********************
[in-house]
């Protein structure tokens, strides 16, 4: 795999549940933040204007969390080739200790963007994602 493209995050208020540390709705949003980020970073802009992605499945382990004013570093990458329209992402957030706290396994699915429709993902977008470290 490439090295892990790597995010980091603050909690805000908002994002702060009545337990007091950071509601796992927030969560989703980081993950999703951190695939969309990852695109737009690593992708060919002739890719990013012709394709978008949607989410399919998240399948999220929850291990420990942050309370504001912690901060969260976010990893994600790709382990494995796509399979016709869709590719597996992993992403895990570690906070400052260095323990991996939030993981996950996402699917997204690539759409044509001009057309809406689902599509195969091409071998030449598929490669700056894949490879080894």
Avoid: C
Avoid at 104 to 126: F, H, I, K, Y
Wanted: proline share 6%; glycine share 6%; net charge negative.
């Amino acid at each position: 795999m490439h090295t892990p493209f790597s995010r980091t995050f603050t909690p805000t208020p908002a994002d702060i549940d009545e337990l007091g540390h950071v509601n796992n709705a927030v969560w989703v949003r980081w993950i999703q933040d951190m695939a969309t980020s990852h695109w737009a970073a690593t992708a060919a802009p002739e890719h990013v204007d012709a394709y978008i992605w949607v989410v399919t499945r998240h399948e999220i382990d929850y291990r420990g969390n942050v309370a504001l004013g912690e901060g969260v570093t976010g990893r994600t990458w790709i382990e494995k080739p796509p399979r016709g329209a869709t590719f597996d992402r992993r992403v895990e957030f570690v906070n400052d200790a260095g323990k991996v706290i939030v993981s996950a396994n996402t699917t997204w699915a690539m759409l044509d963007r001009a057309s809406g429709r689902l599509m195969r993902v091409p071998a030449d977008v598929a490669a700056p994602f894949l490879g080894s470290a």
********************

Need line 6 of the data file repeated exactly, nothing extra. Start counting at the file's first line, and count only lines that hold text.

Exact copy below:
């Amino acid at each position: 795999m490439h090295t892990p493209f790597s995010r980091t995050f603050t909690p805000t208020p908002a994002d702060i549940d009545e337990l007091g540390h950071v509601n796992n709705a927030v969560w989703v949003r980081w993950i999703q933040d951190m695939a969309t980020s990852h695109w737009a970073a690593t992708a060919a802009p002739e890719h990013v204007d012709a394709y978008i992605w949607v989410v399919t499945r998240h399948e999220i382990d929850y291990r420990g969390n942050v309370a504001l004013g912690e901060g969260v570093t976010g990893r994600t990458w790709i382990e494995k080739p796509p399979r016709g329209a869709t590719f597996d992402r992993r992403v895990e957030f570690v906070n400052d200790a260095g323990k991996v706290i939030v993981s996950a396994n996402t699917t997204w699915a690539m759409l044509d963007r001009a057309s809406g429709r689902l599509m195969r993902v091409p071998a030449d977008v598929a490669a700056p994602f894949l490879g080894s470290a």